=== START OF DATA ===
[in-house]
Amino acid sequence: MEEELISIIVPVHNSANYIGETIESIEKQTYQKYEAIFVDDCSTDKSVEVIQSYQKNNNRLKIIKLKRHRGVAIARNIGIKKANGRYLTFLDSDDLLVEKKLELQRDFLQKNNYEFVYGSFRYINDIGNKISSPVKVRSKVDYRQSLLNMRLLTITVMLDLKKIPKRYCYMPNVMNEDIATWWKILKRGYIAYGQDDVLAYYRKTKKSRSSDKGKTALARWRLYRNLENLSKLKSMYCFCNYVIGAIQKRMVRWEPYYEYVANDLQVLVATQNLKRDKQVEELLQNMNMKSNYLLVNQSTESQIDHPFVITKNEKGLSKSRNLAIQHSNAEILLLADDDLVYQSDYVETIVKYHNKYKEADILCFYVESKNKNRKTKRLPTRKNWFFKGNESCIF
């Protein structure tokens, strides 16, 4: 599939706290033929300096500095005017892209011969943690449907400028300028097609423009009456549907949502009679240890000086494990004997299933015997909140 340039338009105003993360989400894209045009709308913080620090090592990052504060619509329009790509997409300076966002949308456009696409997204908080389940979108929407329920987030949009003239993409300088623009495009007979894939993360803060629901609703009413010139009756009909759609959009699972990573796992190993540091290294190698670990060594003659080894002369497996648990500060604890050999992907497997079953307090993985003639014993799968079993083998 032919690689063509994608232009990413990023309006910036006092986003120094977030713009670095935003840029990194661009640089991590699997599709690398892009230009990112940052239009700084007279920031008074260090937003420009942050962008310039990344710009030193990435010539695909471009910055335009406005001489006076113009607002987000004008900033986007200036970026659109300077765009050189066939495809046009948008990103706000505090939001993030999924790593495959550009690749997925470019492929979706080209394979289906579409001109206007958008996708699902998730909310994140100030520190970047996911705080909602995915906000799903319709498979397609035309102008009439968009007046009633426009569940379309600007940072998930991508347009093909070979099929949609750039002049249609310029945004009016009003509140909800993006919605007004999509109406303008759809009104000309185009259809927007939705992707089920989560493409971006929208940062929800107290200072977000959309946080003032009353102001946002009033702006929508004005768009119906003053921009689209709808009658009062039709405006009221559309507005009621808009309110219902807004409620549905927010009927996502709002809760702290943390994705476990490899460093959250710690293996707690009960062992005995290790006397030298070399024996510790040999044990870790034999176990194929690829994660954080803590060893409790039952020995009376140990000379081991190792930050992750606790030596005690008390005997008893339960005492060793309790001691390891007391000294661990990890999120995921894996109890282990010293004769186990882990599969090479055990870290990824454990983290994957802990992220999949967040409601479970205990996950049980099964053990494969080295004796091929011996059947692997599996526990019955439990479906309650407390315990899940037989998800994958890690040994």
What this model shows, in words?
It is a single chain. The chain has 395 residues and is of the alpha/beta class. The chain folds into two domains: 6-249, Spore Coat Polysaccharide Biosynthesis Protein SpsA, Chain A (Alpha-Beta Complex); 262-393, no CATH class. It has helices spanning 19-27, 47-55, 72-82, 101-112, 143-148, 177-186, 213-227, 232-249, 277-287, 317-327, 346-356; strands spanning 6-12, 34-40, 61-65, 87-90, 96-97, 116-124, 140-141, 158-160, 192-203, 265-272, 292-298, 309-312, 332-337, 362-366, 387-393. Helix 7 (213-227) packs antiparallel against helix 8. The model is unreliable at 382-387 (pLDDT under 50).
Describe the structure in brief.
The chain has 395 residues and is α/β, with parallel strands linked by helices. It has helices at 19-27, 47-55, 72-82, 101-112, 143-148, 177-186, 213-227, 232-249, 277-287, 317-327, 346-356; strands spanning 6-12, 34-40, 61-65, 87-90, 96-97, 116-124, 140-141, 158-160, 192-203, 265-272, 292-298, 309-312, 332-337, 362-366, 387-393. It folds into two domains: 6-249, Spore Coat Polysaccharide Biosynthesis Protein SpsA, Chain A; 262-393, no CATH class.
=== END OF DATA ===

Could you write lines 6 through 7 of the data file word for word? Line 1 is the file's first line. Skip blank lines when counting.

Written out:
Describe the structure in brief.
The chain has 395 residues and is α/β, with parallel strands linked by helices. It has helices at 19-27, 47-55, 72-82, 101-112, 143-148, 177-186, 213-227, 232-249, 277-287, 317-327, 346-356; strands spanning 6-12, 34-40, 61-65, 87-90, 96-97, 116-124, 140-141, 158-160, 192-203, 265-272, 292-298, 309-312, 332-337, 362-366, 387-393. It folds into two domains: 6-249, Spore Coat Polysaccharide Biosynthesis Protein SpsA, Chain A; 262-393, no CATH class.